National Catholic Reporter
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Issue Date:  February 13, 2004

Journey to IRAQ


When I was in Iraq during these past days, I read this Gospel (Luke 1:1-4; 4:14-21). I was overwhelmed with an awareness that everything Jesus said in this Gospel is not happening in Iraq.

I’ll give you a few examples: Proclaim good news to the poor!

A week ago yesterday I was in Baghdad just outside the compound housing the headquarters of the military occupation forces in Iraq. The morning after I was there, a bomb went off that killed 25 people.

A child stands in the rubble outside his "home" in the Al Huda squatter camp. More than 3,000 people live in the bombed wreckage of a former training center for Saddam Hussein's security forces.
-- Photos by Linda Panetta

I was with thousands of people, among the poorest people in the city of Baghdad. These are homeless people -- squatters. They had taken over a government ministry building that had been severely bombed during the recent war. It was empty. All the windows were shattered and there was no electricity or heat. But between 2,000 and 3,000 people had taken over this building and were living in it, trying to find some place of shelter.

Just the day before those people had received a letter from the government, the Ministry of Interior, telling them they had to leave that building the next day. They were saying: “Where will we go? We have no place to go!” They were being pushed out -- these poor, homeless people. They protested and we heard on Monday that they had been given another month, but by the end of this month they have to be gone. Where they will go, they do not know. It is hardly good news for the poor.

There are worse places, if you can believe it. The city of Baghdad has areas where tens of thousands of people live in shacks. They have no heat, no plumbing and no electricity. The people are desperately poor, and they are not hearing a message of good news. There is no good news in the near future for them that I can see and that they can see. The agenda of Jesus is not being carried out for the poor of Iraq.

The majority of the Iraqi people are becoming increasingly, desperately poor. Sixty to 70 percent of the people are unemployed. They have no incomes. When their current resources run out, they will be desperate simply to find food to survive.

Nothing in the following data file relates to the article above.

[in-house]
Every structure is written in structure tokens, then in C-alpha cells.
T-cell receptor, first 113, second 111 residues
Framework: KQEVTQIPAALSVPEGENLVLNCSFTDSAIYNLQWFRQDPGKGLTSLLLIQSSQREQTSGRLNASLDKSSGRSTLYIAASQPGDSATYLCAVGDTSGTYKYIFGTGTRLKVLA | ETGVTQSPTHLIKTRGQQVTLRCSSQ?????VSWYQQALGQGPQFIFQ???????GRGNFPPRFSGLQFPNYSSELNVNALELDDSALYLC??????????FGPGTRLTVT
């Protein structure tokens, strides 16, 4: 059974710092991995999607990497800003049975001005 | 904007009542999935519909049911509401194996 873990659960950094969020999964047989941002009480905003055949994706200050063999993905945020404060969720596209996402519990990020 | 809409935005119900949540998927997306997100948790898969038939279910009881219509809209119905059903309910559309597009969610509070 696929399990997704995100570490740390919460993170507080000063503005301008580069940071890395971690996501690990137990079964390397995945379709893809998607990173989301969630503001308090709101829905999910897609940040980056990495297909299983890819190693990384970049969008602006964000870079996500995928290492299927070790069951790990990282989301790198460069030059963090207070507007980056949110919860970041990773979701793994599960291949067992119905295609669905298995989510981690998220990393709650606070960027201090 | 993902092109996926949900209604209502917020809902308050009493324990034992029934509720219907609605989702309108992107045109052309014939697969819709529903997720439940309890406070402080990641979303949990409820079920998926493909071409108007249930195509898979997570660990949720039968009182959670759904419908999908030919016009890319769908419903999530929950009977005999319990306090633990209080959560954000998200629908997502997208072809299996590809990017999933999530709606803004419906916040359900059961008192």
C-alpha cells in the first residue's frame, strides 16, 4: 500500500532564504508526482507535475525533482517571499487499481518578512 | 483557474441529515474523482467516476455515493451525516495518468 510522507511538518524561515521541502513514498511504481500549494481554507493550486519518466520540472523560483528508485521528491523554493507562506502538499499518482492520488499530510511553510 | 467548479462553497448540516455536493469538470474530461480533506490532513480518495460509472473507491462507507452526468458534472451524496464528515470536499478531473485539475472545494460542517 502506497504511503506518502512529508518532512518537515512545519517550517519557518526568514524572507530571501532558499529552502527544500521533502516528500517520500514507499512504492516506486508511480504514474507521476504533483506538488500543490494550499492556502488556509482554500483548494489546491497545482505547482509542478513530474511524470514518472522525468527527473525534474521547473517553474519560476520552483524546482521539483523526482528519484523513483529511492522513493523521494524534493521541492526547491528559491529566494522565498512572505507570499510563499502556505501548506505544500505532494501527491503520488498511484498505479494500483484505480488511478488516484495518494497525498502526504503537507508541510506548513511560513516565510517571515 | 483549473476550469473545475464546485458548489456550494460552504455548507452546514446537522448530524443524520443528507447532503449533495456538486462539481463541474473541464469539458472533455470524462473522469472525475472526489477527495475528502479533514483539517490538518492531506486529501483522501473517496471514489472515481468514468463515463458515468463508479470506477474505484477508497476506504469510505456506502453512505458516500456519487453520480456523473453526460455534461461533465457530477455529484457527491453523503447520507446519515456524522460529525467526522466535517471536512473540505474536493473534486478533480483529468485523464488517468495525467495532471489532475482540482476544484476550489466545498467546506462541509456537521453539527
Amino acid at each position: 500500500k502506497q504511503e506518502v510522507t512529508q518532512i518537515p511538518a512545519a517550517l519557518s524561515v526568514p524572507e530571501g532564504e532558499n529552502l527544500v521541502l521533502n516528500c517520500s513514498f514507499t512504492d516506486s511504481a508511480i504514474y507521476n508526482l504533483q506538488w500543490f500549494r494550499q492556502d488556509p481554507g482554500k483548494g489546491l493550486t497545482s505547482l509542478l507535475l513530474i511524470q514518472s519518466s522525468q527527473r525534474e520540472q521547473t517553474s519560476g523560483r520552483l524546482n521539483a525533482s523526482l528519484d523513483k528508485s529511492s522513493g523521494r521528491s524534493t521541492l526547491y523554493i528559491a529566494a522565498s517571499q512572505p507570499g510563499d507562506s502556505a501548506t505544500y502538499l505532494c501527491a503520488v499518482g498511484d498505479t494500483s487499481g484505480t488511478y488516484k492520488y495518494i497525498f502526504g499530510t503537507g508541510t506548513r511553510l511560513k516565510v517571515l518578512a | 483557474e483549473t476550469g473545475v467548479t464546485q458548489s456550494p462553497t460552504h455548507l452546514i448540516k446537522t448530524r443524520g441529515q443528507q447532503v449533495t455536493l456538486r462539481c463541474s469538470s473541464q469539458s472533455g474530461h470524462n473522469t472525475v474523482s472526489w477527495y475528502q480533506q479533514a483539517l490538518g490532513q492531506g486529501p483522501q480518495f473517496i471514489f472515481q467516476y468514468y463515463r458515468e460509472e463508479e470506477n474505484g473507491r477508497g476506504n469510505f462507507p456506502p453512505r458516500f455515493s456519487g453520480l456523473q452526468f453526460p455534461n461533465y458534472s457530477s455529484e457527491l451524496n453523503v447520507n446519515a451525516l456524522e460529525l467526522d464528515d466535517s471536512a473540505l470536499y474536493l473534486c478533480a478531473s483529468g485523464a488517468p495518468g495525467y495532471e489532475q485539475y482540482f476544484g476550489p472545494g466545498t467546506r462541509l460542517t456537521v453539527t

We visited hospitals where the administrators told us that they have a little bit more medicine now than they used to have, but they still don’t have the equipment they need. They don’t have what it takes to provide healing.

Mothers and children greet visitors to the camp.

I was overwhelmed, really, by what I experienced in Iraq this time. As you know, I have been there seven times prior to this trip. The first time was before the first war. At that time Baghdad was a marvelous, beautiful, active city. Now it is in shambles. Five million people living in a terrible situation. It is always ready to erupt into violence.

As I experienced this, I recalled the words of Pope John Paul II: “War destroys the lives of innocent people.”

That’s what has happened! The lives of innocent people in Iraq, now in the millions literally, have been destroyed. What is left is hatred and resentment that make it all the more difficult to resolve the problems that provoked the war. Clearly that is what is happening in Iraq right now. We’re not coming to peaceful solutions. The whole situation is becoming more volatile. …

Right now we spend a billion dollars a week to support an army of occupation in Iraq. What if we were to use that billion dollars a week for rebuilding? We could reconnect with the people in a loving, peaceful and just way. We could bring peace. We could end the violence. We could give true freedom to the people of Iraq and enable ourselves to live in a greater spirit of freedom, freedom from fear at any moment of an attack.

It is possible! The agenda of Jesus is what can make it happen. We’ve heard that agenda this morning: “Proclaim Good News to the poor. Heal the broken-hearted. Give the blind new sight. Set the captives free. Lift up the downtrodden. Proclaim God’s year of favor.” That’s the agenda of Jesus.

Each of us must ask ourselves: Am I ready to say “amen” to that agenda? Am I ready to follow it? Am I ready to urge the leaders of my country to give up violence and to use our resources in a loving way for the people of Iraq and people in other places who are desperately in need of being lifted up, of being given their freedom and of being healed?

Bishop Gumbleton's entire homily regarding his Jan. 12-22 trip to Iraq can be found at in his column "The Peace Pulpit" of Jan. 25.

National Catholic Reporter, February 13, 2004

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